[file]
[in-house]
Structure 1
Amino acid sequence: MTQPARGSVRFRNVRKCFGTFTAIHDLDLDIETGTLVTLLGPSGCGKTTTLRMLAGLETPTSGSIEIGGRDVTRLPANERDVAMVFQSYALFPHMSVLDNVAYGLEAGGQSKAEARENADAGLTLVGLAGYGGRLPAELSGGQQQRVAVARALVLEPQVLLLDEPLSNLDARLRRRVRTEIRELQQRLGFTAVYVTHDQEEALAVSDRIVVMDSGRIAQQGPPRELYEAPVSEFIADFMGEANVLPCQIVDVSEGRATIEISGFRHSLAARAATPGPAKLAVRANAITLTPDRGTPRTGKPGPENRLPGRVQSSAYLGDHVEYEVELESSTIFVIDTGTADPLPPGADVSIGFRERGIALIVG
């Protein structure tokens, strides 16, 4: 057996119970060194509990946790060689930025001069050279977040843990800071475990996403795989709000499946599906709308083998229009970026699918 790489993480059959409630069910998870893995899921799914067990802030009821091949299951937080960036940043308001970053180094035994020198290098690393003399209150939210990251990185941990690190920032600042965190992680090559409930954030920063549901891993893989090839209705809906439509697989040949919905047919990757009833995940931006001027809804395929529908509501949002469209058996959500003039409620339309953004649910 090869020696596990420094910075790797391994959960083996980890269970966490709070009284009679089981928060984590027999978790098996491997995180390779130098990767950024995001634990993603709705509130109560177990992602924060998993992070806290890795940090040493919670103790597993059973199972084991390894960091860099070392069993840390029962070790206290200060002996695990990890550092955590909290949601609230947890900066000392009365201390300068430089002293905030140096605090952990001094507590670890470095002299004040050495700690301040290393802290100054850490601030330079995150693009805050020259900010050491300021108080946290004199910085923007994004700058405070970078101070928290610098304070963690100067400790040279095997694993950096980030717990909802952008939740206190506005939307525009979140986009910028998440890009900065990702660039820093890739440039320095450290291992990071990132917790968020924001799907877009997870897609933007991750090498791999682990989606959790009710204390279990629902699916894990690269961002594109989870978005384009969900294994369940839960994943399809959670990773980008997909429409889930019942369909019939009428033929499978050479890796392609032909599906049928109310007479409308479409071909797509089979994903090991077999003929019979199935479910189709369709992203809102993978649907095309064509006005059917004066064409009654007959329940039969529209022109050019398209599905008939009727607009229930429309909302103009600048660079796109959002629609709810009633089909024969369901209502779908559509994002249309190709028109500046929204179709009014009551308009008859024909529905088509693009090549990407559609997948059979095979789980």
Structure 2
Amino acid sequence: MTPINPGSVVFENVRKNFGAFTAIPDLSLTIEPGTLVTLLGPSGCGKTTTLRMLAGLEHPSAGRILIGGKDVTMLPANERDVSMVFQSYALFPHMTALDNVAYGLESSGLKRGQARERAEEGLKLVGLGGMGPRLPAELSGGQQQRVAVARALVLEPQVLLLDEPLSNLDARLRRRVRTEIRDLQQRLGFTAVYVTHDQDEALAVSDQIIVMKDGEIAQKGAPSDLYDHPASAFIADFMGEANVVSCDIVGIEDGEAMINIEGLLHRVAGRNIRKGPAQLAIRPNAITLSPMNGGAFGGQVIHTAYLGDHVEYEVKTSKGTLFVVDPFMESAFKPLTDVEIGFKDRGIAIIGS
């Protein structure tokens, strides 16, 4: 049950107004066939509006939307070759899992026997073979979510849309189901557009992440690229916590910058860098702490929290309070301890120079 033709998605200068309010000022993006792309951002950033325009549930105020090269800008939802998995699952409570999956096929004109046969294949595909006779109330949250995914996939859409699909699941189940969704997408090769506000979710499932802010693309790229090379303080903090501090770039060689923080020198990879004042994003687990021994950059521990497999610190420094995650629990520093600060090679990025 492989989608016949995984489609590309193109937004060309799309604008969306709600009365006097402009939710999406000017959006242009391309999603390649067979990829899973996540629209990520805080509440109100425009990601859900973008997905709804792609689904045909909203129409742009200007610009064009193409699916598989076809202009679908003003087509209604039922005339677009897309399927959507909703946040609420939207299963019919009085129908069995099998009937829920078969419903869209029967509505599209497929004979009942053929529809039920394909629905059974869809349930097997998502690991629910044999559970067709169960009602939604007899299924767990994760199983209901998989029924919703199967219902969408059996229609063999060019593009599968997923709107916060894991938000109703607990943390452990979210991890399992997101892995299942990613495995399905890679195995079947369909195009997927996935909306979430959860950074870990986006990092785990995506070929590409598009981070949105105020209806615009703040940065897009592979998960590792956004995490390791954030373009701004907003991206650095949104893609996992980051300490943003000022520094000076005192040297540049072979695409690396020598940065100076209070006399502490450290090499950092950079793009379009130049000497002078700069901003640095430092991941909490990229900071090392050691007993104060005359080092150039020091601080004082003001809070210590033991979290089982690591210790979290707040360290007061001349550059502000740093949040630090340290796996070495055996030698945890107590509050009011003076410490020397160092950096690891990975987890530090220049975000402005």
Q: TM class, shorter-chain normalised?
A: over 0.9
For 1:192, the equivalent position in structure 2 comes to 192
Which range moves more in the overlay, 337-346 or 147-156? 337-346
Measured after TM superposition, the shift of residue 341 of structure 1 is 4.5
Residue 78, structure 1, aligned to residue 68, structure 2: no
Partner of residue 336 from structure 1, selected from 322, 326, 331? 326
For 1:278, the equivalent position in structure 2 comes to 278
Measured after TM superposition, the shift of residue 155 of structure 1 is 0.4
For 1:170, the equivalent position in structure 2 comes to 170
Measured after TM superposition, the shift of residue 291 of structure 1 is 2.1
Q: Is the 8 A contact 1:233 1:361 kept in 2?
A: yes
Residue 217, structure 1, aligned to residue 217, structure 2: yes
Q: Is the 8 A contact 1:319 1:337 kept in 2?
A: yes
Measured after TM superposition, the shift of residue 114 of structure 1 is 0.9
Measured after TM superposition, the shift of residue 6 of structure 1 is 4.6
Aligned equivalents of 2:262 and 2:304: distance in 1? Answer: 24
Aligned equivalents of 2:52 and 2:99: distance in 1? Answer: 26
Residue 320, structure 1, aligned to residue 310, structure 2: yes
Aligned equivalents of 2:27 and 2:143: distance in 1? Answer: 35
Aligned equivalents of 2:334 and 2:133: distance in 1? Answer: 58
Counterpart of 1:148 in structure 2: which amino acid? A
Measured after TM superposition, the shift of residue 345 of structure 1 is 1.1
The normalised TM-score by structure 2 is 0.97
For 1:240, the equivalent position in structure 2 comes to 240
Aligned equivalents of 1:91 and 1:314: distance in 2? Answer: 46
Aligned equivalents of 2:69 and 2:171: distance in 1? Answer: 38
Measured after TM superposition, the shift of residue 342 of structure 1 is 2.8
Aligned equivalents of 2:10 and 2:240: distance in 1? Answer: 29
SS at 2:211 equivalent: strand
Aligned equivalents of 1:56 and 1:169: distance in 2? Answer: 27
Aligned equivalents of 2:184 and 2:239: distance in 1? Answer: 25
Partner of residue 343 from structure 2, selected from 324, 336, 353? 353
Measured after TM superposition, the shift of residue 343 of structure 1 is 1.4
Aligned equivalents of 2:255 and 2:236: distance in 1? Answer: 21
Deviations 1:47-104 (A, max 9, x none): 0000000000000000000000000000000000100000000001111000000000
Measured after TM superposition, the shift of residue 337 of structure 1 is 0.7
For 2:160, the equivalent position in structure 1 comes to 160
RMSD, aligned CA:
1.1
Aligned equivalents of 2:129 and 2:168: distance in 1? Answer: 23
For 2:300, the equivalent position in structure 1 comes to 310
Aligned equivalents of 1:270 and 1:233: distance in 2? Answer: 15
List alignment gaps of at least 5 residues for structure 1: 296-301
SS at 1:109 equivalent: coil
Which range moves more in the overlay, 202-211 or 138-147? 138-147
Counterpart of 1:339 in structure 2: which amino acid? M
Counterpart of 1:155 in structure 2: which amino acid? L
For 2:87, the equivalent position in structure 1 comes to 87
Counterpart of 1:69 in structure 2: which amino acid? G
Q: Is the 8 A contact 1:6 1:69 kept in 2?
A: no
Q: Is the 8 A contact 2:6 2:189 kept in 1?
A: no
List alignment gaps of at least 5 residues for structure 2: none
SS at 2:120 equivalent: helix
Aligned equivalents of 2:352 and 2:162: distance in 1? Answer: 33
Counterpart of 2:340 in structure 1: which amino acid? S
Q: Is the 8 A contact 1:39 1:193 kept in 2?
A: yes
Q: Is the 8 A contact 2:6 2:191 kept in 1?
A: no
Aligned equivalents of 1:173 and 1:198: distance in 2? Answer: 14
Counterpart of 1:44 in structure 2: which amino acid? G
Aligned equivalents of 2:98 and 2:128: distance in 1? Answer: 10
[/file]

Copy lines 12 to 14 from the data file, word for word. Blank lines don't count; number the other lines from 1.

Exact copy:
Measured after TM superposition, the shift of residue 341 of structure 1 is 4.5
Residue 78, structure 1, aligned to residue 68, structure 2: no
Partner of residue 336 from structure 1, selected from 322, 326, 331? 326